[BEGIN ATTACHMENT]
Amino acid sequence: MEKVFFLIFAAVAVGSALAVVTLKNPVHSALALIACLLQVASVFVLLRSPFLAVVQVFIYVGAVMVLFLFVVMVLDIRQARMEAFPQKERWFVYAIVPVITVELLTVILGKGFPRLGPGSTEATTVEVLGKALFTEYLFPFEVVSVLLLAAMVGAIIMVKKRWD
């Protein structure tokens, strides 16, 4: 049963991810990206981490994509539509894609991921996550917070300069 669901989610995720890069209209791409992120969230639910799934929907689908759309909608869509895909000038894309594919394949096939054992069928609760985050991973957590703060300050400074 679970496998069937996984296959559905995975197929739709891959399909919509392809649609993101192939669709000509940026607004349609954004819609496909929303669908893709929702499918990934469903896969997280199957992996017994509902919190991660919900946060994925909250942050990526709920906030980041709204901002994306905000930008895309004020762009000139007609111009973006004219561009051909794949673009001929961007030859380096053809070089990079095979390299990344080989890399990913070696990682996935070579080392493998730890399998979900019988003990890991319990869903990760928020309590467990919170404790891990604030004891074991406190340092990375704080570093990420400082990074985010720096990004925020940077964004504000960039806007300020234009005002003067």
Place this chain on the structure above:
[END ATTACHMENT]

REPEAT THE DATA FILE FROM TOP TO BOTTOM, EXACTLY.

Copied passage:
Amino acid sequence: MEKVFFLIFAAVAVGSALAVVTLKNPVHSALALIACLLQVASVFVLLRSPFLAVVQVFIYVGAVMVLFLFVVMVLDIRQARMEAFPQKERWFVYAIVPVITVELLTVILGKGFPRLGPGSTEATTVEVLGKALFTEYLFPFEVVSVLLLAAMVGAIIMVKKRWD
């Protein structure tokens, strides 16, 4: 049963991810990206981490994509539509894609991921996550917070300069 669901989610995720890069209209791409992120969230639910799934929907689908759309909608869509895909000038894309594919394949096939054992069928609760985050991973957590703060300050400074 679970496998069937996984296959559905995975197929739709891959399909919509392809649609993101192939669709000509940026607004349609954004819609496909929303669908893709929702499918990934469903896969997280199957992996017994509902919190991660919900946060994925909250942050990526709920906030980041709204901002994306905000930008895309004020762009000139007609111009973006004219561009051909794949673009001929961007030859380096053809070089990079095979390299990344080989890399990913070696990682996935070579080392493998730890399998979900019988003990890991319990869903990760928020309590467990919170404790891990604030004891074991406190340092990375704080570093990420400082990074985010720096990004925020940077964004504000960039806007300020234009005002003067």
Place this chain on the structure above: